Every story has to have a happy ending, right? In the end, when the curtain falls, you want the poetic justice meted out. You want the lovers to meet and the underdog to emerge the hero. But, not all stories are meant to have that destiny. ‘Alice’s misfortunes in
It starts off with an eerie sense of premonition, warning the audience to be prepared for the uncertain, for the clipping of the innocent wings. And it delivers them almost immediately. As the reality of the contemporary world is slowly brought forward; the misery of the poor maidens, their lives subjected to the crude power of money that turns even their groans of pain into supposed moans of pleasure is discomforting, to say the least.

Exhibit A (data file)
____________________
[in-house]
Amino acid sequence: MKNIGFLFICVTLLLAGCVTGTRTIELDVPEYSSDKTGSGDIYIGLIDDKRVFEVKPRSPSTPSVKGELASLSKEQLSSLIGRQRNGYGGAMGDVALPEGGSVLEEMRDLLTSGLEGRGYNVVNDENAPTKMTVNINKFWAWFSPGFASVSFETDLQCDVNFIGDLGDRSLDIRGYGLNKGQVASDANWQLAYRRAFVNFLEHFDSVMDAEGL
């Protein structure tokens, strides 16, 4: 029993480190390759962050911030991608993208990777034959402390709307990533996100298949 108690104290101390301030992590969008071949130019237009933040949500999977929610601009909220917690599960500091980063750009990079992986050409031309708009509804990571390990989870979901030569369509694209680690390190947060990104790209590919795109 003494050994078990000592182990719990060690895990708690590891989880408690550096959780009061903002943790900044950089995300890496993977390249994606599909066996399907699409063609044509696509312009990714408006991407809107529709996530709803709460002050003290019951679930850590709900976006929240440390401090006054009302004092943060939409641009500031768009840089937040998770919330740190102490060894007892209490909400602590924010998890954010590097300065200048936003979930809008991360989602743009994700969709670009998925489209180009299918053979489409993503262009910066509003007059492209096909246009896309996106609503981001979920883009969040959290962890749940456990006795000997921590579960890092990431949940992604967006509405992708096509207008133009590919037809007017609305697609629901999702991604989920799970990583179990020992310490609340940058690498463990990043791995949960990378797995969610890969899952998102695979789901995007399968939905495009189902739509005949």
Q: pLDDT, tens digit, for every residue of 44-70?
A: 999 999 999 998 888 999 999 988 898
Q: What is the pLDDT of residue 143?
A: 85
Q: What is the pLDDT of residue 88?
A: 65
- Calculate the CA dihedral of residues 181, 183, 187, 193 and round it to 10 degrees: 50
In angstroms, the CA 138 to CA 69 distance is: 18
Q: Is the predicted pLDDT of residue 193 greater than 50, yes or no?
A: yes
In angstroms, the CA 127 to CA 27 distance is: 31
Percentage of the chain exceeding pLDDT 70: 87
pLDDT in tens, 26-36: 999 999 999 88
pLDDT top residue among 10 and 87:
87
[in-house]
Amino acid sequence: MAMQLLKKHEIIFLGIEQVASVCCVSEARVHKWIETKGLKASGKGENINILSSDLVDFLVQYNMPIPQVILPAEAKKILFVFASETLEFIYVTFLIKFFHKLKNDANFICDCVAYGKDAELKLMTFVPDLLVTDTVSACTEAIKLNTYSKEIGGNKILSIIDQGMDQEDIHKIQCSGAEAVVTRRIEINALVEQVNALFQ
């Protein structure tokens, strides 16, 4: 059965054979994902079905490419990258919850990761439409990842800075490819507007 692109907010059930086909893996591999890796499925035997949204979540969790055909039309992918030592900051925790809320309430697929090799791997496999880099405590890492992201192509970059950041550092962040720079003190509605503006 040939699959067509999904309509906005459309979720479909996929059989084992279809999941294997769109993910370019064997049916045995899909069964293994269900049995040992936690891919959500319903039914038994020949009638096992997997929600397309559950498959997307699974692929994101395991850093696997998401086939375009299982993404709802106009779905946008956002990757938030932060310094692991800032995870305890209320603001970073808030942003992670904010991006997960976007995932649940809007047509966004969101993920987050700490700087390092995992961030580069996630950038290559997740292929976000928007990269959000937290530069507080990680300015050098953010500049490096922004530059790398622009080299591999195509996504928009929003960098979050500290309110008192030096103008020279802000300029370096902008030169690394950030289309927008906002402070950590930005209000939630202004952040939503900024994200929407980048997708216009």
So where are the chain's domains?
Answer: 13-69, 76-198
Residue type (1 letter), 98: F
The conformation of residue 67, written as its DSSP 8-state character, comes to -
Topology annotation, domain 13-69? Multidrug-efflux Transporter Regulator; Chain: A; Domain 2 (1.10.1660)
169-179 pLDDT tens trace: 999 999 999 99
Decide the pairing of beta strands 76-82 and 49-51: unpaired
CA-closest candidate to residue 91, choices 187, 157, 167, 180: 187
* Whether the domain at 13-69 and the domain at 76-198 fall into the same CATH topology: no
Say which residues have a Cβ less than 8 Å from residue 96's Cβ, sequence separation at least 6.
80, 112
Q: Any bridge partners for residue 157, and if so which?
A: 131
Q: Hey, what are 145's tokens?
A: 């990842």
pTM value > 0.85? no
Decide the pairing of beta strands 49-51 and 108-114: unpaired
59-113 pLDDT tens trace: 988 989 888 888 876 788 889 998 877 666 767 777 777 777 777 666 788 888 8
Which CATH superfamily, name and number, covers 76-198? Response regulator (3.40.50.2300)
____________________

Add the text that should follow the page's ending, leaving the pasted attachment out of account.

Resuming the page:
Alice, a lonely homeless girl on the streets of Soho, scavenging trash bags for food, speaks of a mind-numbing pain. She yearns for “a change away from this despair and into something extraordinary”. Grace Link, who plays Alice, is impressive in her characterization of the lonely and already broken being. As Alice is found and pitied by the White Rabbit (Faye Bennett), who assures her of a better life; in goes Alice into the Underworld; a world of no-return. She encounters the unforgettable Queen of Hearts (Emma Ralston), whose admission of her seals her fate.
The editing is neat, maintaining the pace steady, albeit slow. The abrupt cutting of the scenes adding the necessary layer of uncertainty to sync with the screenplay, makes the film engaging. The writer, Nikki S Colt, who also plays the Mad Hatter, focuses on the details of a “golden cage” very well.
Trapped in the comfort and luxury of the Underland, Alice bitterly realizes that in this world there are no free lunches. Entrapped and helpless, just as Alice and the audience alike start to lose
Alice’s short-lived misfortunes and